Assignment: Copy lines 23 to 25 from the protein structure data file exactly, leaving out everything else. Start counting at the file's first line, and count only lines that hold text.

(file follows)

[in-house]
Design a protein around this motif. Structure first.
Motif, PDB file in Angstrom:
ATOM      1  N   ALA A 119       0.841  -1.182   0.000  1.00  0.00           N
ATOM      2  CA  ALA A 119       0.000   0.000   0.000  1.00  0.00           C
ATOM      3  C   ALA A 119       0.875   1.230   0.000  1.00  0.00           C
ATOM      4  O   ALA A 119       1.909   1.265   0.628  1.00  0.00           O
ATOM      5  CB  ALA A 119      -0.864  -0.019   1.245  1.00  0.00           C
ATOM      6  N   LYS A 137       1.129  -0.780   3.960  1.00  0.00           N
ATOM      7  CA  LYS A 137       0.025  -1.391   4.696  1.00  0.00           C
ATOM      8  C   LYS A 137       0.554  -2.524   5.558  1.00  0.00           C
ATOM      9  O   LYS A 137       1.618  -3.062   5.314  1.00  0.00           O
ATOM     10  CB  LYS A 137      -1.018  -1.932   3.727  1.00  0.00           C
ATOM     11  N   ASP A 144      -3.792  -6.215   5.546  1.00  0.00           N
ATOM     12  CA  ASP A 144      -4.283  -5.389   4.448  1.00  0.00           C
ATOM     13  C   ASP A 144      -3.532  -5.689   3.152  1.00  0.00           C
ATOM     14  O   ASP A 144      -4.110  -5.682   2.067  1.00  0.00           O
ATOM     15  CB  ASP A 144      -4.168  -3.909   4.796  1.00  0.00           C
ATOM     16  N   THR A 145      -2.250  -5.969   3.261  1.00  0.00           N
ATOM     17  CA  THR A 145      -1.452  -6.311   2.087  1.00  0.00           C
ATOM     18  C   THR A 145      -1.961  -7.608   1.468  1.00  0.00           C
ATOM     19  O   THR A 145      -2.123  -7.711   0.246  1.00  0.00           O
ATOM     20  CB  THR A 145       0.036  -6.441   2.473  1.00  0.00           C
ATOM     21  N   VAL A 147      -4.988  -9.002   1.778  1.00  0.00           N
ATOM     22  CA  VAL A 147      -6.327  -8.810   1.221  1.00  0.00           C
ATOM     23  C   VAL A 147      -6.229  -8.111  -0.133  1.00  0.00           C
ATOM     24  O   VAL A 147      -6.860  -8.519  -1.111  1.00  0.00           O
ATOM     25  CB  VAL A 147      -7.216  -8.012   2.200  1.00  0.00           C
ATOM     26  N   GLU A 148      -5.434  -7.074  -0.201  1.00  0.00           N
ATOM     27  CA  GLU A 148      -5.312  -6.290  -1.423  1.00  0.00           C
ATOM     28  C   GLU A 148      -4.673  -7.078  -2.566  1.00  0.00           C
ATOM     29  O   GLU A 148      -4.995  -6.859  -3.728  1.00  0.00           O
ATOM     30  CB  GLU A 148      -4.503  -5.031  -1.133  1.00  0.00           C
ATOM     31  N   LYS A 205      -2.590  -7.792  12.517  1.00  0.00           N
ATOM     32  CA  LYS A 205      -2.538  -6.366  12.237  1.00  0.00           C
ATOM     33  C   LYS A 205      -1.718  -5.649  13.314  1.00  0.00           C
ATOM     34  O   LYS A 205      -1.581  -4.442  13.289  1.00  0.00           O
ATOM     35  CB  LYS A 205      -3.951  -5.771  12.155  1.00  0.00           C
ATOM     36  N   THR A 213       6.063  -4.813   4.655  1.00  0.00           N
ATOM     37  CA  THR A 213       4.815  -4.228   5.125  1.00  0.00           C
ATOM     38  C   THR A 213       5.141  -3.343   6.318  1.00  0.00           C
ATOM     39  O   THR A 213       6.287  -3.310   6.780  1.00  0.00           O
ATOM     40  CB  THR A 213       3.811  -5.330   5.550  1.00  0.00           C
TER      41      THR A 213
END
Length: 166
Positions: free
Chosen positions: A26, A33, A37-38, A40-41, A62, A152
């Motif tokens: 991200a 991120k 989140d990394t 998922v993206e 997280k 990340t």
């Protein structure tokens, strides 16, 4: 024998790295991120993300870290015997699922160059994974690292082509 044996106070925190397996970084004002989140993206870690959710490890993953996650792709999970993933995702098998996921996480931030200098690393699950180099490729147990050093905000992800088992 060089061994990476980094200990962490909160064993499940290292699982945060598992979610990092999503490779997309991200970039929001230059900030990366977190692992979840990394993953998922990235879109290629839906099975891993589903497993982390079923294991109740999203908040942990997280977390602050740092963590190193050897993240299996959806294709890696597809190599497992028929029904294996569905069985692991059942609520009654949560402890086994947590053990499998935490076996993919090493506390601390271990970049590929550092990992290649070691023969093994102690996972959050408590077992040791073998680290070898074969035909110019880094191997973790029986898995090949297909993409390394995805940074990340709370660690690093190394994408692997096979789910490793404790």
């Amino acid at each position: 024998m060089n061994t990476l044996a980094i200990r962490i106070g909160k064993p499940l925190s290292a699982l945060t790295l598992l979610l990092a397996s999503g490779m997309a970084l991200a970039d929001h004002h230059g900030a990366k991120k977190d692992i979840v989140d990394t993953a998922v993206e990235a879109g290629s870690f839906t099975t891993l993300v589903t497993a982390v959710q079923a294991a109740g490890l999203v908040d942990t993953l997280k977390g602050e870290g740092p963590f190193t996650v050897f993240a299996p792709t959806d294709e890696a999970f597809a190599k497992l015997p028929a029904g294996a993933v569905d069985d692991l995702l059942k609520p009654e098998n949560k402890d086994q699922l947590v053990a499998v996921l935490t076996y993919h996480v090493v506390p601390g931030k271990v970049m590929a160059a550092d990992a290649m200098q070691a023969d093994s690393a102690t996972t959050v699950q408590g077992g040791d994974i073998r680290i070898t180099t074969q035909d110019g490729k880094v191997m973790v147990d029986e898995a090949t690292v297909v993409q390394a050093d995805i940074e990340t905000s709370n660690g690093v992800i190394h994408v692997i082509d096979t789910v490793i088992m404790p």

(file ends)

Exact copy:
ATOM     20  CB  THR A 145       0.036  -6.441   2.473  1.00  0.00           C
ATOM     21  N   VAL A 147      -4.988  -9.002   1.778  1.00  0.00           N
ATOM     22  CA  VAL A 147      -6.327  -8.810   1.221  1.00  0.00           C